Stella Prize 2014 longlist announced
The longlist for the second Stella Prize has been announced.
This year’s longlist features six works of fiction and six works of nonfiction. The longlisted titles are:
- Letter to George Clooney (Debra Adelaide, Picador)
- Moving Among Strangers (Gabrielle Carey, UQP)
- Burial Rites (Hannah Kent, Picador)
- Night Games (Anna Krien, Black Inc.)
- Mullumbimby (Melissa Lucashenko, UQP)
- The Night Guest (Fiona McFarlane, Hamish Hamilton)
- Boy, Lost: A Family Memoir (Kristina Olsson, UQP)
- The Misogyny Factor (Anne Summers, NewSouth)
- Madeleine: A Life of Madeleine St John (Helen Trinca, Text)
- The Swan Book (Alexis Wright, Giramondo)
- The Forgotten Rebels of Eureka (Clare Wright, Text)
- All the Birds, Singing (Evie Wyld, Vintage).
The shortlist for this year’s prize will be announced on 20 March, ahead of the winner announcement in Sydney on 29 April. The winner of this year’s prize will receive a cash prize of $50,000.
This year’s prize is judged by critic and writer Kerryn Goldsworthy (chair), journalist Annabel Crabb, author Brenda Walker, Avid Reader co-owner Fiona Stager, and writer Tony Birch. Goldsworthy said in a statement that the judges were ‘impressed and excited by the depth of talent in this year’s entries, and every title on the longlist easily meets the formal criteria for the Stella Prize: excellent, engaging and original’.
‘There are five novels, a collection of short stories, plus biography, history, memoir, and several books that defy easy classification,’ said Goldsworthy of the longlist. ‘Most of the fiction, in its different ways, ventures beyond the restrictions of what Patrick White called “dun-coloured realism” into the realms of the quirky, the surreal, the dystopian or the Gothic. Most of the nonfiction titles focus on a particular person but range far beyond that in their implications and themes: in telling one story, they speak for many.’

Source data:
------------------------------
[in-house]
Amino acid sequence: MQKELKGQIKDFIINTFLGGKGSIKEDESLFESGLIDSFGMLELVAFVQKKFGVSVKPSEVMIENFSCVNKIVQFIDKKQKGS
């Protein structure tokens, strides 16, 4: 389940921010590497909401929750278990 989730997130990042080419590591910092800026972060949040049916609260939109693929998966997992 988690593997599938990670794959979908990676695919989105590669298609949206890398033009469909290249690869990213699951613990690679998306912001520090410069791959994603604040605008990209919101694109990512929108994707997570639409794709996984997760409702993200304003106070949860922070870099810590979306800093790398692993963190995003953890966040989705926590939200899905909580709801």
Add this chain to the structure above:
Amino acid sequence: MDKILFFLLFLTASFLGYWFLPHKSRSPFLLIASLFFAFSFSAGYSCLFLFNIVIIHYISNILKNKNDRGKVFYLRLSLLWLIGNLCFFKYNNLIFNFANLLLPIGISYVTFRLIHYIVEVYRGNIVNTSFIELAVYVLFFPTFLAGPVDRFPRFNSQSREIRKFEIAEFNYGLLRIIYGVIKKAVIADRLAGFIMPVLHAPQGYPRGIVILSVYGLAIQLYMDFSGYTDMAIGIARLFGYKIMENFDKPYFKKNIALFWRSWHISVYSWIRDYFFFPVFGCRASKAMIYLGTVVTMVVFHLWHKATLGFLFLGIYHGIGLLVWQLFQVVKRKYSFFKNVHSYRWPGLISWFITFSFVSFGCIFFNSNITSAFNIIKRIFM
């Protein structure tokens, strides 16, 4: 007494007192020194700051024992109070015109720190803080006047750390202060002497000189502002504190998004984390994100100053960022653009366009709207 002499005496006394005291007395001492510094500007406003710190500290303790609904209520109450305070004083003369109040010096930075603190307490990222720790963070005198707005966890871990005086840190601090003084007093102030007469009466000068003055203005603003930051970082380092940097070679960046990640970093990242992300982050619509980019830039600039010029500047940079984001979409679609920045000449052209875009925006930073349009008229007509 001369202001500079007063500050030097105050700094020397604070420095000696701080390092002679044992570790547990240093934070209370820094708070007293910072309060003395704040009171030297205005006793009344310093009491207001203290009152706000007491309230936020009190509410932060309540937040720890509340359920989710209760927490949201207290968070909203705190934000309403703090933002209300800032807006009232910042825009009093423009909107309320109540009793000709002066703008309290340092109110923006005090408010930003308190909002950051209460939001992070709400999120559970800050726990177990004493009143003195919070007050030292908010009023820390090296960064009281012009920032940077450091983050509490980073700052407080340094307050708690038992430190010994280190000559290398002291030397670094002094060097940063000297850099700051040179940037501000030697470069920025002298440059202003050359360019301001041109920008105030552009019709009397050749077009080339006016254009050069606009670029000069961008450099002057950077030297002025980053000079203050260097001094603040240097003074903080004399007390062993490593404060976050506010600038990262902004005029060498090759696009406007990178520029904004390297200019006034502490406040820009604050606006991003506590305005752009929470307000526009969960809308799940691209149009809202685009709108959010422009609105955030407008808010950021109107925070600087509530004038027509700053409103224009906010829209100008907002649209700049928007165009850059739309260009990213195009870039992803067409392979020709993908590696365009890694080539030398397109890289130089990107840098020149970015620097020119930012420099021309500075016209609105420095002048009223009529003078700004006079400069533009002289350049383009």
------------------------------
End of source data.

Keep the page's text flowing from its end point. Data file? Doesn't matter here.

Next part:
Chair of the Stella Prize Aviva Tuffield said in the same statement that the longlist ‘yet again demonstrates the high quality and wonderful diversity of writing by Australian women’. ‘We are excited to see such a wealth of nonfiction on this year’s longlist sitting alongside some suburb works of fiction,’ said Tuffield.
The Stella Prize is presented for the best work of fiction or nonfiction by an Australian women published in the previous calendar year. The prize is named after Miles Franklin, whose first name was Stella, and was inspired by the UK Women’s Prize for Fiction, previously known as the Orange Prize for Fiction. The inaugural Stella Prize, presented in 2013, was awarded to Carrie Tiffany for Mateship with Birds (Picador).
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